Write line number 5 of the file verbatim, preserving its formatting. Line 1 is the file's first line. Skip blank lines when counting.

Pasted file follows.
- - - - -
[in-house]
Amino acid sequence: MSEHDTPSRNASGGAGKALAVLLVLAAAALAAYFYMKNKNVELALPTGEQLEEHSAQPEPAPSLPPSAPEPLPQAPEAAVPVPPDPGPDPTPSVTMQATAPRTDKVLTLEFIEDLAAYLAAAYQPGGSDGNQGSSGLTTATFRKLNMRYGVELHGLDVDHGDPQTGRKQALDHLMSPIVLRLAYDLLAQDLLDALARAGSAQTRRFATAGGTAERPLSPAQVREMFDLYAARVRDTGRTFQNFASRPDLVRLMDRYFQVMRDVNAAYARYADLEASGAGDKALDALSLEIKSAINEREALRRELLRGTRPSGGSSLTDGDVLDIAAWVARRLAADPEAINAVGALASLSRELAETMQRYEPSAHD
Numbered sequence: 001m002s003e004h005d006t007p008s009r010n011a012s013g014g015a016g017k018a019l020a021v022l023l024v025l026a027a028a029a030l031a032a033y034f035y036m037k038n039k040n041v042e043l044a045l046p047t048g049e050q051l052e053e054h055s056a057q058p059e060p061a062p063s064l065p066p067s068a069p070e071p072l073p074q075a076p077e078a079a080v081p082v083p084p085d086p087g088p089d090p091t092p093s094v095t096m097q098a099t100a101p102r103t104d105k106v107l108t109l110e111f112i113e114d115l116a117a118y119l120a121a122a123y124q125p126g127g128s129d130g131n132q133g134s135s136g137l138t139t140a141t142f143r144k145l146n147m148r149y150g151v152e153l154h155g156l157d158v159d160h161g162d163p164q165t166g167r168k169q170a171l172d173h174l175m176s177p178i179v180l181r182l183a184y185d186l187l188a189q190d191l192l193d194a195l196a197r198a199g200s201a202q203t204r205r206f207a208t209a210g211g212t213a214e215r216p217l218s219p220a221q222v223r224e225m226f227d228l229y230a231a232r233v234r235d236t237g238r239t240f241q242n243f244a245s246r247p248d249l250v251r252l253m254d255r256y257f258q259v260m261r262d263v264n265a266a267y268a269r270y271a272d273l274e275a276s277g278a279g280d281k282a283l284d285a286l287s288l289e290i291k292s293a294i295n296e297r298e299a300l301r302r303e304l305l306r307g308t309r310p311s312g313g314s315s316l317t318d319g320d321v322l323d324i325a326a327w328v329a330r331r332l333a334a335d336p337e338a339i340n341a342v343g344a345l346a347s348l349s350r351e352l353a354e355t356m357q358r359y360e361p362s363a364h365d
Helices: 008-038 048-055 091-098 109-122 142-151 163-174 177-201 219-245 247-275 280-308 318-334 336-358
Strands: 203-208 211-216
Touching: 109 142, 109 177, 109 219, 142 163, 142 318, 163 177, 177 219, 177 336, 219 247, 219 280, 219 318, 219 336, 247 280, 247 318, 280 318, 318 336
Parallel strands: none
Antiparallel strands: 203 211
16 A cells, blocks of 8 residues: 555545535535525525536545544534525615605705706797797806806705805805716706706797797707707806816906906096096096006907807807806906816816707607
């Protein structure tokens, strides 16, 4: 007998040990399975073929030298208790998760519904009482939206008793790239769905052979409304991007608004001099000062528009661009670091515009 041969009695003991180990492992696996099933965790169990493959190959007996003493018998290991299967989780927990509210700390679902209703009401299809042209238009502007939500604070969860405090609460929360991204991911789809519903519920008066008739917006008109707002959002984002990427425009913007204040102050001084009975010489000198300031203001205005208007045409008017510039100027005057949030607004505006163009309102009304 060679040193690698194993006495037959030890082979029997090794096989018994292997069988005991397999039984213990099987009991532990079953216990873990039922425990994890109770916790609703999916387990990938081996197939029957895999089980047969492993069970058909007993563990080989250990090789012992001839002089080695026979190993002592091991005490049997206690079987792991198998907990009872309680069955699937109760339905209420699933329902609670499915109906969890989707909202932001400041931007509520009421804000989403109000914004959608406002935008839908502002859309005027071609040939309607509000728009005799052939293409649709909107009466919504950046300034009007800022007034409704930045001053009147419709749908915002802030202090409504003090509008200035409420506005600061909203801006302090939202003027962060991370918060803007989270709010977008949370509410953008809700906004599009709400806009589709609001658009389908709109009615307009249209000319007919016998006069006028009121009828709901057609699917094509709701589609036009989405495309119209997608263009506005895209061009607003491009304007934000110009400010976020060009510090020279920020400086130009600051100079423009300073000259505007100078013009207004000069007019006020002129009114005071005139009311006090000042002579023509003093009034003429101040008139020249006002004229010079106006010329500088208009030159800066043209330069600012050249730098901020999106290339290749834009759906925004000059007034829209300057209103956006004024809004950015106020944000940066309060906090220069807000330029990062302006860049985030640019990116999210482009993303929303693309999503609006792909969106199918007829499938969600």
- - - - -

Strands: 203-208 211-216